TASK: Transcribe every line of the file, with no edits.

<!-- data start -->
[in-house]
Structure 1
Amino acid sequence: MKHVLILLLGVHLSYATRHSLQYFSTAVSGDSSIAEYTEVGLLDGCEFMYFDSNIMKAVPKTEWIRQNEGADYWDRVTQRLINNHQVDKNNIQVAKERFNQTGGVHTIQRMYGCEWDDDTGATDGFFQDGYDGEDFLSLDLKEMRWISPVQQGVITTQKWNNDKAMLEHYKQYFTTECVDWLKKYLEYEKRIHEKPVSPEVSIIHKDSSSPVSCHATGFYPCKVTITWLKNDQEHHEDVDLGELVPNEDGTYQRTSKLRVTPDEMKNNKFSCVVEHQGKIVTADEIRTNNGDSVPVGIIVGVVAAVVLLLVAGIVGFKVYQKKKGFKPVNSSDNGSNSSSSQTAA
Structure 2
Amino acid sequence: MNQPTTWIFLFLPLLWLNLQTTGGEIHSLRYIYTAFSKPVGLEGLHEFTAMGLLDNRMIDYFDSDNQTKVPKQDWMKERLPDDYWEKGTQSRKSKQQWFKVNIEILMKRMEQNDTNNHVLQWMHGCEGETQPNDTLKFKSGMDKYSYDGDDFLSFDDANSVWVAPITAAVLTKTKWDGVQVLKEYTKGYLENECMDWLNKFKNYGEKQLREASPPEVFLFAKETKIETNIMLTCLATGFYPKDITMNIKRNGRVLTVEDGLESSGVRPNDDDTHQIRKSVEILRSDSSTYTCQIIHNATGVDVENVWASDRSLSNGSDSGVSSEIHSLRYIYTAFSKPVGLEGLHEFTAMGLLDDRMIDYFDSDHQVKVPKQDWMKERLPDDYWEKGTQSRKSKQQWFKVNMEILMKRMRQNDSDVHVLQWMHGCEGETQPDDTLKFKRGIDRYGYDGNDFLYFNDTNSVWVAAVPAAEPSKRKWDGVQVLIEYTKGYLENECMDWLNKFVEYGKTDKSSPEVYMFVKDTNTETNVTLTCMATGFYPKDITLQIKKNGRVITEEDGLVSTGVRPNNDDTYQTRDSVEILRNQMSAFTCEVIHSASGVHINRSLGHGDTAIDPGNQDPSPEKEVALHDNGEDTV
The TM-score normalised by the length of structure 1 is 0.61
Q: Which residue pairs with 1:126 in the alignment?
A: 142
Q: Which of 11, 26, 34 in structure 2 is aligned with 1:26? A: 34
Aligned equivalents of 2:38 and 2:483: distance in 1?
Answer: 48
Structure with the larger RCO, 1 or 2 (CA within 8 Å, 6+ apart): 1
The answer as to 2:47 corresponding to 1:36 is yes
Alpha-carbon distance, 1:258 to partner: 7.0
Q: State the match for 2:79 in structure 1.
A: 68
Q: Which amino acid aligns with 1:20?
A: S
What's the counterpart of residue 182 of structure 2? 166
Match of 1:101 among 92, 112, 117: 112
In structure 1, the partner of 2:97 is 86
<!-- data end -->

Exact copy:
[in-house]
Structure 1
Amino acid sequence: MKHVLILLLGVHLSYATRHSLQYFSTAVSGDSSIAEYTEVGLLDGCEFMYFDSNIMKAVPKTEWIRQNEGADYWDRVTQRLINNHQVDKNNIQVAKERFNQTGGVHTIQRMYGCEWDDDTGATDGFFQDGYDGEDFLSLDLKEMRWISPVQQGVITTQKWNNDKAMLEHYKQYFTTECVDWLKKYLEYEKRIHEKPVSPEVSIIHKDSSSPVSCHATGFYPCKVTITWLKNDQEHHEDVDLGELVPNEDGTYQRTSKLRVTPDEMKNNKFSCVVEHQGKIVTADEIRTNNGDSVPVGIIVGVVAAVVLLLVAGIVGFKVYQKKKGFKPVNSSDNGSNSSSSQTAA
Structure 2
Amino acid sequence: MNQPTTWIFLFLPLLWLNLQTTGGEIHSLRYIYTAFSKPVGLEGLHEFTAMGLLDNRMIDYFDSDNQTKVPKQDWMKERLPDDYWEKGTQSRKSKQQWFKVNIEILMKRMEQNDTNNHVLQWMHGCEGETQPNDTLKFKSGMDKYSYDGDDFLSFDDANSVWVAPITAAVLTKTKWDGVQVLKEYTKGYLENECMDWLNKFKNYGEKQLREASPPEVFLFAKETKIETNIMLTCLATGFYPKDITMNIKRNGRVLTVEDGLESSGVRPNDDDTHQIRKSVEILRSDSSTYTCQIIHNATGVDVENVWASDRSLSNGSDSGVSSEIHSLRYIYTAFSKPVGLEGLHEFTAMGLLDDRMIDYFDSDHQVKVPKQDWMKERLPDDYWEKGTQSRKSKQQWFKVNMEILMKRMRQNDSDVHVLQWMHGCEGETQPDDTLKFKRGIDRYGYDGNDFLYFNDTNSVWVAAVPAAEPSKRKWDGVQVLIEYTKGYLENECMDWLNKFVEYGKTDKSSPEVYMFVKDTNTETNVTLTCMATGFYPKDITLQIKKNGRVITEEDGLVSTGVRPNNDDTYQTRDSVEILRNQMSAFTCEVIHSASGVHINRSLGHGDTAIDPGNQDPSPEKEVALHDNGEDTV
The TM-score normalised by the length of structure 1 is 0.61
Q: Which residue pairs with 1:126 in the alignment?
A: 142
Q: Which of 11, 26, 34 in structure 2 is aligned with 1:26? A: 34
Aligned equivalents of 2:38 and 2:483: distance in 1?
Answer: 48
Structure with the larger RCO, 1 or 2 (CA within 8 Å, 6+ apart): 1
The answer as to 2:47 corresponding to 1:36 is yes
Alpha-carbon distance, 1:258 to partner: 7.0
Q: State the match for 2:79 in structure 1.
A: 68
Q: Which amino acid aligns with 1:20?
A: S
What's the counterpart of residue 182 of structure 2? 166
Match of 1:101 among 92, 112, 117: 112
In structure 1, the partner of 2:97 is 86